How independent public schools may change Australian education

Earlier this year, the federal government pledged $70 million to assist public schools to exercise greater autonomy through the Independent Public Schools (IPS) initiative. The government's goal is that 25 per cent of all Australian government schools will become Independent Public Schools by 2017. Under the scheme, public schools continue to receive government funding but are granted independence to make decisions about how they are run generally through the establishment of a school council, as occurs in the independent (private) school sector.

If you're wondering what the IPS system could mean for your child's schooling, we explain the facts, advantages and disadvantages below.

Key facts

  • According to the federal Department of Education, the IPS initiative ˜will help schools build strong communities, give schools greater local decision making powers and increase the engagement of parents, community groups and local industry'.
  • The IPS system currently operates in Queensland and Western Australia, with the latter recently credited as they only state where more students are entering the public system than leaving it. Other states, including New South Wales and Tasmania, have opposed the introduction of independent public schools. Similar systems operate overseas, including in the United States (known as ˜charter schools') and the United Kingdom (known as ˜free schools').
  • Nationally, enrollment growth has been stronger in non-government schools than in the government sector. The IPS system is seen as a measure that could encourage growth in government school enrollments.
  • The IPS program has been particularly successful in WA. Since the program launched four years ago, 264 of the state's 800 government schools have made the switch with enrollment growth at these schools recorded at around 24 per cent since the beginning of the program. Additionally, overall enrollments at WA government schools rose by more than seven per cent between 2011 and 2013. This comes in contrast to other states Tasmania, in particular, where government school enrollments dropped over the same period, as well as New South Wales, the Northern Territory and South Australia, where growth was minimal.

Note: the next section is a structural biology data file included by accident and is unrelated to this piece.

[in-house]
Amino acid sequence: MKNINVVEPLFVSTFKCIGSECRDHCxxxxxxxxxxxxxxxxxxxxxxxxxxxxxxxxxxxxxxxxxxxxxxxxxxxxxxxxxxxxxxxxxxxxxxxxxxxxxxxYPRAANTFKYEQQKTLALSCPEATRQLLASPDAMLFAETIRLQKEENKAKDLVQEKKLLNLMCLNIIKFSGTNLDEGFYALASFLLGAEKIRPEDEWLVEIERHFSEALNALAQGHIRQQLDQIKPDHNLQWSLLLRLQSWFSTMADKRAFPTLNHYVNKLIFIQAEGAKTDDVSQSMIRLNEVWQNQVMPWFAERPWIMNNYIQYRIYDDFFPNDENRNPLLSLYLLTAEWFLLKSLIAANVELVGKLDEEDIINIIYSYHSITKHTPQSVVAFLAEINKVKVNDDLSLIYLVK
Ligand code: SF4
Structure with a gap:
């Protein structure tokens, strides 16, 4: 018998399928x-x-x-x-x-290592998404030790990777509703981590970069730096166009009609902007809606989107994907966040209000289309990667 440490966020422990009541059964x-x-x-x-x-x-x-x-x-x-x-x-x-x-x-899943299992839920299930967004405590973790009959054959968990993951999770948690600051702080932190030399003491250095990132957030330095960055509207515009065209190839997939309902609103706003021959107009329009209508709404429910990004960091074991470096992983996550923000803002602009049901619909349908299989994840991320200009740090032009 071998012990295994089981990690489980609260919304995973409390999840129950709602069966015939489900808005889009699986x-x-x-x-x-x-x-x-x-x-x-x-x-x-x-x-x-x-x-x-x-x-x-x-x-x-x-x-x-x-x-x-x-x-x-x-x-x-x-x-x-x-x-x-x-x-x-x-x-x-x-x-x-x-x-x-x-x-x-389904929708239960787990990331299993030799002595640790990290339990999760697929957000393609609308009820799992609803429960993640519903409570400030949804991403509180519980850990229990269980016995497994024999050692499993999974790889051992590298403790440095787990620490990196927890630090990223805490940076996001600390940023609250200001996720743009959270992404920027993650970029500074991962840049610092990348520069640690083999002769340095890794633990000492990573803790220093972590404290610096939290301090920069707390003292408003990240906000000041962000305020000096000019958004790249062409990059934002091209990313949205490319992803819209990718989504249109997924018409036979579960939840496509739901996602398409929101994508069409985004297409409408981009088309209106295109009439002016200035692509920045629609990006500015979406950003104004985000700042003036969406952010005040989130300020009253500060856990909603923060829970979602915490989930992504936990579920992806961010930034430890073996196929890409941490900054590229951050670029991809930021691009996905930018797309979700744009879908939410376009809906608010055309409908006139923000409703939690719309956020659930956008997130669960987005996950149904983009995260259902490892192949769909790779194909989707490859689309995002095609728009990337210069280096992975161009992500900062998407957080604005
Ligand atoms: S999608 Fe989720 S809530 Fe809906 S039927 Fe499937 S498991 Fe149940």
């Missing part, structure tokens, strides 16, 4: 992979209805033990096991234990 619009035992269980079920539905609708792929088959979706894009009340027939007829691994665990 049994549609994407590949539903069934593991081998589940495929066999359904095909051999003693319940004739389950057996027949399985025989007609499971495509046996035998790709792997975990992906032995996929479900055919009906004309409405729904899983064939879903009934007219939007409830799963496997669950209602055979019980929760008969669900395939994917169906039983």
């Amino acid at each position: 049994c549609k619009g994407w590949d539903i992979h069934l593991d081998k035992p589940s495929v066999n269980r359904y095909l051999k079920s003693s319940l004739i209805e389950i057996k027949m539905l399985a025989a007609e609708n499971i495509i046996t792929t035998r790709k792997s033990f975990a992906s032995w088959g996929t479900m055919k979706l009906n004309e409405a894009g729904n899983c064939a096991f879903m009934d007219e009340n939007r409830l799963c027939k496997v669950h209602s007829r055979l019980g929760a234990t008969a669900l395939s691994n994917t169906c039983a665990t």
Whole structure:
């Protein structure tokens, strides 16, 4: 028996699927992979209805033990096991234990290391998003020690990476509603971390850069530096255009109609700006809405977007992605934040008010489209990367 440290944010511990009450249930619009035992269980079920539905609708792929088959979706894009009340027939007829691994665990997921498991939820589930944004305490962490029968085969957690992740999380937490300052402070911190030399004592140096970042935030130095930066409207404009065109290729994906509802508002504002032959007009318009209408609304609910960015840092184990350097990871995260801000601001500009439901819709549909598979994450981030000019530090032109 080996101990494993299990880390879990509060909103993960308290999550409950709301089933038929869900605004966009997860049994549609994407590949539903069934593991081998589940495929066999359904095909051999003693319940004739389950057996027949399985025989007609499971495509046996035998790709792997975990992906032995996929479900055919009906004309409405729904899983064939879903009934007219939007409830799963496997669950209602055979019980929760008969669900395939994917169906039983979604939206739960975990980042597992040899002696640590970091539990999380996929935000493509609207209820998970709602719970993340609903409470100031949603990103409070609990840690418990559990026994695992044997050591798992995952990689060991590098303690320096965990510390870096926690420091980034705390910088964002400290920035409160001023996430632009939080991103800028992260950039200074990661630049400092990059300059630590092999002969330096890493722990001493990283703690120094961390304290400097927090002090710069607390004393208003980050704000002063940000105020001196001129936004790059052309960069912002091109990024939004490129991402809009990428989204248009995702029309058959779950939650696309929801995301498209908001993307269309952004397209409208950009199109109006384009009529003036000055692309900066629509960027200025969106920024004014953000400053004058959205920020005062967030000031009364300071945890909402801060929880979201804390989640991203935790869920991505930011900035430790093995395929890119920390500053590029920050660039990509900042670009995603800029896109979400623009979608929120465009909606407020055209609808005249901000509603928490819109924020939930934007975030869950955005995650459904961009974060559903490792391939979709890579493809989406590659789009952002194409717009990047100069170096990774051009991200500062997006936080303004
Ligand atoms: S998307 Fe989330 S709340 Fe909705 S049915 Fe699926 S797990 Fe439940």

For schools, the primary benefit is the flexibility and responsibility to make decisions related to school operations. This means that independent public schools are given greater control and ownership, with opportunities such as enhanced local governance, financial flexibility (including staffing) and more public accountability. In short, this ensures that those who are best placed to make decisions about the running of a school are the ones to do so, including parents and the broader school community. Ideally, this type of autonomy should help schools to better respond to students' needs.

Public schools that gain independent status will continue to receive funding from the state government and will remain within the government system they will not charge fees like independent schools in the private school sector. Likewise, although schools are granted more autonomy to deal with operational procedures, they are still bound by legislation, policy and national agreements.


Despite the success of the program in WA, some have voiced concerns over how Independent Public Schools would work in practice and whether pushing schools to gain independent status is simply a matter of reducing the state and territory governments' responsibilities. Further, the Australian Education Union (AEU) has warned that there is no conclusive national or international evidence that greater autonomy in schools has a positive effect on student outcomes. The AEU also believes that the move towards the IPS system will widen the inequity within Australian schools, with the possibility of creating a two-tiered public education system. For more information, see the AEU's 2014 Annual Federal Conference Statement.

Likewise, a 2012 report by the Productivity Commission noted that in the absence of adequate resourcing, greater school autonomy can actually do more harm than good.

Further information:
For more information about the Independent Public Schools initiative, visit the following websites. You can also check back with we'll keep you updated on the IPS initiative as it continues to develop.

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